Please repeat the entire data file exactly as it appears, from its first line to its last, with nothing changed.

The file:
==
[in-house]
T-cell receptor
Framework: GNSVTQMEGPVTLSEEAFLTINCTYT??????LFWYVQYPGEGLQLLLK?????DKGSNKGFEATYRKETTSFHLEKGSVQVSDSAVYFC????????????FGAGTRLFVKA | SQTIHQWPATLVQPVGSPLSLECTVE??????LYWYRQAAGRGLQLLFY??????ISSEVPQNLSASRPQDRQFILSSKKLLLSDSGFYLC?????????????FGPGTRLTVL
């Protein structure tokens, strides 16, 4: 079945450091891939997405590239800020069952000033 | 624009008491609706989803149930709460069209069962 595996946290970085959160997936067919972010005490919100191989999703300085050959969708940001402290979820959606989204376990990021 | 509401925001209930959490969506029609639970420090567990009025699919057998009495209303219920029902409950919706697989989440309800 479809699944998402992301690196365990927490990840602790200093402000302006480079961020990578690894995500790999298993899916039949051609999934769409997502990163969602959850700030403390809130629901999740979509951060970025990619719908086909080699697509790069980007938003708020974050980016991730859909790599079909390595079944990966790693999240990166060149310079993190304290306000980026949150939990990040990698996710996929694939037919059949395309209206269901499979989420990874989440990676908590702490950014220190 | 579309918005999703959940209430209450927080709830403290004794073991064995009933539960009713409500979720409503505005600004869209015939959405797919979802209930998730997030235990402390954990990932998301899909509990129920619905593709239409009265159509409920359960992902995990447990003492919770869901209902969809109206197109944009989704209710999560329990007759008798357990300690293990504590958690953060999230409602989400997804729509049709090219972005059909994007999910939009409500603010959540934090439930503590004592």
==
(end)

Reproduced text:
[in-house]
T-cell receptor
Framework: GNSVTQMEGPVTLSEEAFLTINCTYT??????LFWYVQYPGEGLQLLLK?????DKGSNKGFEATYRKETTSFHLEKGSVQVSDSAVYFC????????????FGAGTRLFVKA | SQTIHQWPATLVQPVGSPLSLECTVE??????LYWYRQAAGRGLQLLFY??????ISSEVPQNLSASRPQDRQFILSSKKLLLSDSGFYLC?????????????FGPGTRLTVL
């Protein structure tokens, strides 16, 4: 079945450091891939997405590239800020069952000033 | 624009008491609706989803149930709460069209069962 595996946290970085959160997936067919972010005490919100191989999703300085050959969708940001402290979820959606989204376990990021 | 509401925001209930959490969506029609639970420090567990009025699919057998009495209303219920029902409950919706697989989440309800 479809699944998402992301690196365990927490990840602790200093402000302006480079961020990578690894995500790999298993899916039949051609999934769409997502990163969602959850700030403390809130629901999740979509951060970025990619719908086909080699697509790069980007938003708020974050980016991730859909790599079909390595079944990966790693999240990166060149310079993190304290306000980026949150939990990040990698996710996929694939037919059949395309209206269901499979989420990874989440990676908590702490950014220190 | 579309918005999703959940209430209450927080709830403290004794073991064995009933539960009713409500979720409503505005600004869209015939959405797919979802209930998730997030235990402390954990990932998301899909509990129920619905593709239409009265159509409920359960992902995990447990003492919770869901209902969809109206197109944009989704209710999560329990007759008798357990300690293990504590958690953060999230409602989400997804729509049709090219972005059909994007999910939009409500603010959540934090439930503590004592």